Facebook blocks 200 million malicious actions daily

Facebook blocks 200 million malicious actions daily

Summary: Facebook has confirmed the volume of spam on its service is growing faster than its user base. Still, Facebook blocks 200 million malicious actions, such as messages linking to malware, every day.

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Facebook has already shared that its fight against spam has resulted in the volume dropping to account for less than 4 percent of the social network's total messages, and affecting under 0.5 percent of users on any given day. The service has 800 million monthly active users, so that's still 4 million users being hit by spam daily. While Facebook says this is an improvement, the company admits that the volume of spam is growing faster than its user base. Still, Facebook blocks 200 million malicious actions, such as messages linking to malware, every day.

Facebook has employees who fight spam on a daily basis, via various automatic methods as well as manual verification to filter out unwanted content. These are all reactionary methods, since spammers quickly modify their attacks. "It's an arms race, and our goal is to be one step ahead," Pedram Keyani, a Facebook engineering manager in charge of the effort, told The Wall Street Journal. "This is a game where there is never going to be a winner or a loser. We're just going to be battling it out."

In 2008, Facebook had just four engineers working on site integrity, a team which scans for spikes in what users report as spam and other unusual activity (such as friend request rejections). Today, it has 31 members, plus a separate security team of 46, and another 300 focused on user issues. Some 1,000 engineers, lawyers, user-operations managers, and risk analysts (out of Facebook's 3,000 employees) help in some way to fight spam.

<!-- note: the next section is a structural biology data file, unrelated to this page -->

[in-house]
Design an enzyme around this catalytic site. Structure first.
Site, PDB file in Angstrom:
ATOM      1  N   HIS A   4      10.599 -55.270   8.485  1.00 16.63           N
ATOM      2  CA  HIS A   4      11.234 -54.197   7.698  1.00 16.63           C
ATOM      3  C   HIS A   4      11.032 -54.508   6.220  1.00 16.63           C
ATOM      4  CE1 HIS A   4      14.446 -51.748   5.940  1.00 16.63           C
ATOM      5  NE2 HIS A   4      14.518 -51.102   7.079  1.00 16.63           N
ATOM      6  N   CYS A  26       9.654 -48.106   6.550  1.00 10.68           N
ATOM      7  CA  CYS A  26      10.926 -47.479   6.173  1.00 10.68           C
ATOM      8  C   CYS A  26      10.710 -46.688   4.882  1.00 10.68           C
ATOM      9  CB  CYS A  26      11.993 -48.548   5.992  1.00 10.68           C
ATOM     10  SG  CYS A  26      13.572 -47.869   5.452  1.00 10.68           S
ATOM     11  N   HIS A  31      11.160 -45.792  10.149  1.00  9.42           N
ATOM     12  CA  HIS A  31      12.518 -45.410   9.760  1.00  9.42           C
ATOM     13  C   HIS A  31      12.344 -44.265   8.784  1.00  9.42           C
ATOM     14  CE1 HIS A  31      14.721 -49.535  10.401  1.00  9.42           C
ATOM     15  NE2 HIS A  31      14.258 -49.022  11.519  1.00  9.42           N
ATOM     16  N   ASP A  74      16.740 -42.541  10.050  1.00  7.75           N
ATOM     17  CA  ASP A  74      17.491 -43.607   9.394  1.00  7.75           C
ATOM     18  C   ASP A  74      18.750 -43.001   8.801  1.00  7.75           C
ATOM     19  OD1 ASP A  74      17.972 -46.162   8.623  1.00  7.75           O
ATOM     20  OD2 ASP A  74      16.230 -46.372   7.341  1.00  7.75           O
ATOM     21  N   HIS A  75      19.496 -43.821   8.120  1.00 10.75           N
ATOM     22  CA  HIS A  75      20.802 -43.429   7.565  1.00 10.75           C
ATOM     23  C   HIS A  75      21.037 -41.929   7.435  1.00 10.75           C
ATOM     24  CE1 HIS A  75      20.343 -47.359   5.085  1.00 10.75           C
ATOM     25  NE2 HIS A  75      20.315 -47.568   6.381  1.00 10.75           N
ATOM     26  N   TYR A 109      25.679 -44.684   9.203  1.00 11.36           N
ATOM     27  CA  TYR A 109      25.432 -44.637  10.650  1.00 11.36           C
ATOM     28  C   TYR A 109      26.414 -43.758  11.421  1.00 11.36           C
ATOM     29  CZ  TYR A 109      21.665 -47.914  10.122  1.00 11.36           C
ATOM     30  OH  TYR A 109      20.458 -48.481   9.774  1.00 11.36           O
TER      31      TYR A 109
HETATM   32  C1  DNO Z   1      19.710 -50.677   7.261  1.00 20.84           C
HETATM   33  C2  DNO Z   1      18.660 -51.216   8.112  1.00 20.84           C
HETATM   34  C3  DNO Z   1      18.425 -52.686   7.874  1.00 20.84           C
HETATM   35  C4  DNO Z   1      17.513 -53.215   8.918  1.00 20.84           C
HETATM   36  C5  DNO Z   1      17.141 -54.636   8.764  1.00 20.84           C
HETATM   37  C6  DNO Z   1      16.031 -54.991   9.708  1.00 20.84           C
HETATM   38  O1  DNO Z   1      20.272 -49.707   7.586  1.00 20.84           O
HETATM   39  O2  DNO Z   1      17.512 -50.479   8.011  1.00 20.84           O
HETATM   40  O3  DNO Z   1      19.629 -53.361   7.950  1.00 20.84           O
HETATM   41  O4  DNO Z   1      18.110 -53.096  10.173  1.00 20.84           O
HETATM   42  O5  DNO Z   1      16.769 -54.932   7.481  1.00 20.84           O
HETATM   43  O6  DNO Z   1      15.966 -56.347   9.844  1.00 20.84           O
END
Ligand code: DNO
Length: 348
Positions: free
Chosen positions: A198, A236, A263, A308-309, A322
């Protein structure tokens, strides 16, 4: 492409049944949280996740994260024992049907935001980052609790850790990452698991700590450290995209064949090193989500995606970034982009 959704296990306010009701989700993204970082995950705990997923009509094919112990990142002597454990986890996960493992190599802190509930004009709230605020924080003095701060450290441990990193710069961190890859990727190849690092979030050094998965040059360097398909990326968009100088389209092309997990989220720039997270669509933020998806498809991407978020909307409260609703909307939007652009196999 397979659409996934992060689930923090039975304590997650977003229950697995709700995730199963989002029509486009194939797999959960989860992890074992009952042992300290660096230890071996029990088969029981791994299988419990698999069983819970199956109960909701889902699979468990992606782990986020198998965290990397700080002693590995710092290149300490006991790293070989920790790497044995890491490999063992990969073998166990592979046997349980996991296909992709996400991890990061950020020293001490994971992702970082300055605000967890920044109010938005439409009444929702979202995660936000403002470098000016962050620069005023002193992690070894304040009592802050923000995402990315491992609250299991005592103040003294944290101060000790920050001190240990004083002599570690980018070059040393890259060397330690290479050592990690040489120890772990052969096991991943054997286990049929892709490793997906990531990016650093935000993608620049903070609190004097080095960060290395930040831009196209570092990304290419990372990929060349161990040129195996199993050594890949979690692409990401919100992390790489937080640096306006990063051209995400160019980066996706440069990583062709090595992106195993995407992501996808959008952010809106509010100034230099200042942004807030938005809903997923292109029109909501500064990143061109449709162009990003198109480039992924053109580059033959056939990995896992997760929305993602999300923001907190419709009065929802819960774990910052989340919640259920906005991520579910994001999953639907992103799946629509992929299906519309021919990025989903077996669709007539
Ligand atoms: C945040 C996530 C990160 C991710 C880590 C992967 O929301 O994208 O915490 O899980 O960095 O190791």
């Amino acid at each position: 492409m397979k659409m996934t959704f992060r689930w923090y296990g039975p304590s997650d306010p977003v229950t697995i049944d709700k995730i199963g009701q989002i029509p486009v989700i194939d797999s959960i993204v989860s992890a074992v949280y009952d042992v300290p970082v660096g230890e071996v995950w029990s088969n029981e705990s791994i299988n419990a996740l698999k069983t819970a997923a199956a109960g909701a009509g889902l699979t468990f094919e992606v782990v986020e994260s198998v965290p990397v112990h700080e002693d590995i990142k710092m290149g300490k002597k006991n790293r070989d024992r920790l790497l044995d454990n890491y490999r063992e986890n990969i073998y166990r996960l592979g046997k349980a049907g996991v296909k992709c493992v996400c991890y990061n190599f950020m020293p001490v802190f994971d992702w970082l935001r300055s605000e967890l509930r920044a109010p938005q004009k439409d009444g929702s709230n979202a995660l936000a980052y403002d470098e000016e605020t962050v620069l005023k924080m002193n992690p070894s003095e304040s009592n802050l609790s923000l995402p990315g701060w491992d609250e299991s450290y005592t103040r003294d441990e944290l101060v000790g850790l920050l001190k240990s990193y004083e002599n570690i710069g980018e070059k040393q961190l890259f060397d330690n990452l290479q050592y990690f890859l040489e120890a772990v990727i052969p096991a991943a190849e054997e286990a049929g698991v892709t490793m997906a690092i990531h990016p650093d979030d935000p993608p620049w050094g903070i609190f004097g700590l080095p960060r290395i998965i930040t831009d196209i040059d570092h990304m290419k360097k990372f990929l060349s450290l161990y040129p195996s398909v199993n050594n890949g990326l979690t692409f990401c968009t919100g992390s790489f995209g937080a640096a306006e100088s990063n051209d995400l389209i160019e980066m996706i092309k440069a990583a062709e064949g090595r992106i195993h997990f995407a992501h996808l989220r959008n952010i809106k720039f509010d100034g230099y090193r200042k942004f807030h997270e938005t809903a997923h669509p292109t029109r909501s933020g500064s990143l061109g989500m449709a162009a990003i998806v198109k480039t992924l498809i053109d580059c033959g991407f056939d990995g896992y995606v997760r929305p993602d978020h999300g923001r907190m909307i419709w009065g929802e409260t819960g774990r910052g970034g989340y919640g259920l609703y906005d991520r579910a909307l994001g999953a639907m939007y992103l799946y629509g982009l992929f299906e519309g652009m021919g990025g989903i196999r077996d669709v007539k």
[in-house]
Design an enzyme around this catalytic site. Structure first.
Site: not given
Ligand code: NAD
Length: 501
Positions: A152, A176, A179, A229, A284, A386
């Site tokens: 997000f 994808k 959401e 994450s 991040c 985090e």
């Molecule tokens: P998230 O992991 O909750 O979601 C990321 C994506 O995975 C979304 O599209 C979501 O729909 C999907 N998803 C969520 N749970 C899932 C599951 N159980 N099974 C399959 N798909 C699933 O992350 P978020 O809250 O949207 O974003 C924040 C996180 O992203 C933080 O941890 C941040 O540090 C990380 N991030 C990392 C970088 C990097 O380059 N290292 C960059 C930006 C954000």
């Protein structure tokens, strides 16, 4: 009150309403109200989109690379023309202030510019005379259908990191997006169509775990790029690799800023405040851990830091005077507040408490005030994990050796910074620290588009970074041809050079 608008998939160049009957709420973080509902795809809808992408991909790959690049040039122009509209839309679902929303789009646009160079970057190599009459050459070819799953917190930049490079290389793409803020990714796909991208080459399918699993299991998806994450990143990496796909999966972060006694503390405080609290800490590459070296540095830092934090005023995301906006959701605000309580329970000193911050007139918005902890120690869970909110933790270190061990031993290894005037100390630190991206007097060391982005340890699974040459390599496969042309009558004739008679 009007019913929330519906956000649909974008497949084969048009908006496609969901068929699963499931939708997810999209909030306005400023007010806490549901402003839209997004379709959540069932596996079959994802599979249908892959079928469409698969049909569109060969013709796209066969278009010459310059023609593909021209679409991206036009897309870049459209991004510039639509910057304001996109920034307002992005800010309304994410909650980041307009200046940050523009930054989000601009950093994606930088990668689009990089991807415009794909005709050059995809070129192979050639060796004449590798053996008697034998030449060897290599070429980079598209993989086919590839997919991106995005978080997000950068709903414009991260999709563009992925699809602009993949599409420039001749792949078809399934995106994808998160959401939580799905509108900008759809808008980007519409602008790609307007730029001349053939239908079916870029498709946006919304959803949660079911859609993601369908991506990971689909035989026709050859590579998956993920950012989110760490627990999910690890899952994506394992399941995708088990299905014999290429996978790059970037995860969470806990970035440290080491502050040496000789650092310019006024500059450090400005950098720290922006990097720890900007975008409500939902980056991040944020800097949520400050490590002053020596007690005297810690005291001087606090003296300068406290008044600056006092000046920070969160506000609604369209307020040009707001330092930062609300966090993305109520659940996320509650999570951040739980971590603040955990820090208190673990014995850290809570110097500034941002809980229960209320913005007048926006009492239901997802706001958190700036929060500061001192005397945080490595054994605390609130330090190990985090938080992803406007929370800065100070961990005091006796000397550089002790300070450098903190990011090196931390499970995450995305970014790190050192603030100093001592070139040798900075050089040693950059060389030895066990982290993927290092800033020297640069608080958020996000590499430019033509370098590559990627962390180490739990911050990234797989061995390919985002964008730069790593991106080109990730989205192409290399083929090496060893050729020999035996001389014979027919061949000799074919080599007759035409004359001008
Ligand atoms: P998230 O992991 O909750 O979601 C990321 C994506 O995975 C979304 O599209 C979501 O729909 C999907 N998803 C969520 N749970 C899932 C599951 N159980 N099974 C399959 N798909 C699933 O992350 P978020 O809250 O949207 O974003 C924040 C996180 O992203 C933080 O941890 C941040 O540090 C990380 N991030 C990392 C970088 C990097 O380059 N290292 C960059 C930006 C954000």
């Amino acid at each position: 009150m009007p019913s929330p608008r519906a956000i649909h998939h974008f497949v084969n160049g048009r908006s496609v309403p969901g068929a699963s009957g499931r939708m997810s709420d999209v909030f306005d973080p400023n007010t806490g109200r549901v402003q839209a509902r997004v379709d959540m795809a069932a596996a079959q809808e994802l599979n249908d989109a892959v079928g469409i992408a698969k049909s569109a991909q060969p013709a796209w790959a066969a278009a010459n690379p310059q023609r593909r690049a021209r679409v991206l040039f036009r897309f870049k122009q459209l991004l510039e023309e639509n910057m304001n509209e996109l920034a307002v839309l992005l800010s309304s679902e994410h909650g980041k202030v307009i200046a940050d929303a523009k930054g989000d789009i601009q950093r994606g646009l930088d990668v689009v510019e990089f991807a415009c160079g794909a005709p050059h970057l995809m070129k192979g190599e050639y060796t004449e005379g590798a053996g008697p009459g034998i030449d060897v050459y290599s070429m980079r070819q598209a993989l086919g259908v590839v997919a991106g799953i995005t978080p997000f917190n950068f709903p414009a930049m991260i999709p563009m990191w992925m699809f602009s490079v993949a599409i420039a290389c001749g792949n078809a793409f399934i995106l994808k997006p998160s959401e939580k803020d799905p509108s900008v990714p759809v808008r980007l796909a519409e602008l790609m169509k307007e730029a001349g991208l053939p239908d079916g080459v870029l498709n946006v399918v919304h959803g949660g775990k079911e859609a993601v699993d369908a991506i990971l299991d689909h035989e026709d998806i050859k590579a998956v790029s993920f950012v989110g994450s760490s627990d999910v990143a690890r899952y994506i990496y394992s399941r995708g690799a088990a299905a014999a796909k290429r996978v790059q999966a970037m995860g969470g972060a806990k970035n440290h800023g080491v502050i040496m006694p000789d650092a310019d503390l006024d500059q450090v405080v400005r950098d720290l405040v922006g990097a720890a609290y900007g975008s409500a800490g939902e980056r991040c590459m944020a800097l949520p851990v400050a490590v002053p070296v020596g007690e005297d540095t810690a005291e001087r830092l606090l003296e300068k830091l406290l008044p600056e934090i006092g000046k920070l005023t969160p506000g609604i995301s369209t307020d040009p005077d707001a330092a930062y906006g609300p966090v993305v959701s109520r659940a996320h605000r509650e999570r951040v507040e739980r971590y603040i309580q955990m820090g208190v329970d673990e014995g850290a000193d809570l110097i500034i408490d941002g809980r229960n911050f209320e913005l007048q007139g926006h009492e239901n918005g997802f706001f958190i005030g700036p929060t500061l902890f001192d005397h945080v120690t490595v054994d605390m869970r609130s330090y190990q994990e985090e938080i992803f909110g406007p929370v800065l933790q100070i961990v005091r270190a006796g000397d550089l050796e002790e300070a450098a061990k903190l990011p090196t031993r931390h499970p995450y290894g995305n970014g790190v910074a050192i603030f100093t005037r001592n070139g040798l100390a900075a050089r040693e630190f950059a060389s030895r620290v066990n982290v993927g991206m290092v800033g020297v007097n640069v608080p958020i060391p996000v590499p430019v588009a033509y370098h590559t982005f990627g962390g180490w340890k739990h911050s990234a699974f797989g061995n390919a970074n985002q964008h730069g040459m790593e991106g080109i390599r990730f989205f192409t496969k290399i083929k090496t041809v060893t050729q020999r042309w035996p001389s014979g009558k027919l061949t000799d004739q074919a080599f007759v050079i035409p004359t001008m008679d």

Social spam, the type of spam present on social networks, is worse than its predecessor because it often appears to be from a friend. Criminals like being able to spread messages through a chain of trusted sources: they often create fake Facebook profiles and then friend people they don't know. If a real person then clicks on a malicious link, installs a rogue app, or downloads a piece of malware, the spam spreads by tricking his or her friends to do the same.

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Topic: Social Enterprise

Emil Protalinski

About Emil Protalinski

Emil is a freelance journalist writing for CNET and ZDNet. Over the years,
he has covered the tech industry for multiple publications, including Ars
Technica, Neowin, and TechSpot.

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